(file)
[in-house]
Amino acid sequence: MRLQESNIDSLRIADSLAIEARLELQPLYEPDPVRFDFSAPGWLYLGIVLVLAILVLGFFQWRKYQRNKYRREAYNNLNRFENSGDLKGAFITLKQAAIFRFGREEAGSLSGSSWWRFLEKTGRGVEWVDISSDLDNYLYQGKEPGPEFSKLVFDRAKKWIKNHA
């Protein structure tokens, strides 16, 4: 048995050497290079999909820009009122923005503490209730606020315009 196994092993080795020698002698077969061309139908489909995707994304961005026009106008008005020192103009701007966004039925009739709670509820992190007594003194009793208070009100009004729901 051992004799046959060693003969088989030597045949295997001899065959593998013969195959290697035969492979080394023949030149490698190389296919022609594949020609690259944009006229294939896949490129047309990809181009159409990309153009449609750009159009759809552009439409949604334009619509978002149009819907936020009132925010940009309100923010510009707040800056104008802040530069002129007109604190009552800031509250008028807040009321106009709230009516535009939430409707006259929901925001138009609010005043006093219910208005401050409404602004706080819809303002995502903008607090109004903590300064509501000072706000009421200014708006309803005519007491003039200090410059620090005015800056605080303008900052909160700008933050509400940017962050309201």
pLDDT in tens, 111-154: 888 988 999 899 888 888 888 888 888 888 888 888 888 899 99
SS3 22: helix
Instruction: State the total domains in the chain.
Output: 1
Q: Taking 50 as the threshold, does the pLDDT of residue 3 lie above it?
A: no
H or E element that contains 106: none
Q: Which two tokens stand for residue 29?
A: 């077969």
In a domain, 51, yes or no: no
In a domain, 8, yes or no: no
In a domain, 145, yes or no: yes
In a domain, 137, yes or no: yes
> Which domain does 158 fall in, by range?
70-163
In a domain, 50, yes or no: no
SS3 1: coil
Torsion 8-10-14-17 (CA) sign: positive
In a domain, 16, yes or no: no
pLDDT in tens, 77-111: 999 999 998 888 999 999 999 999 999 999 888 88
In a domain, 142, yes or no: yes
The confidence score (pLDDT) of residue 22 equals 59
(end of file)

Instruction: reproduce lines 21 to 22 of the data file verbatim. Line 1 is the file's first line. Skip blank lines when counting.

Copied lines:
Torsion 8-10-14-17 (CA) sign: positive
In a domain, 16, yes or no: no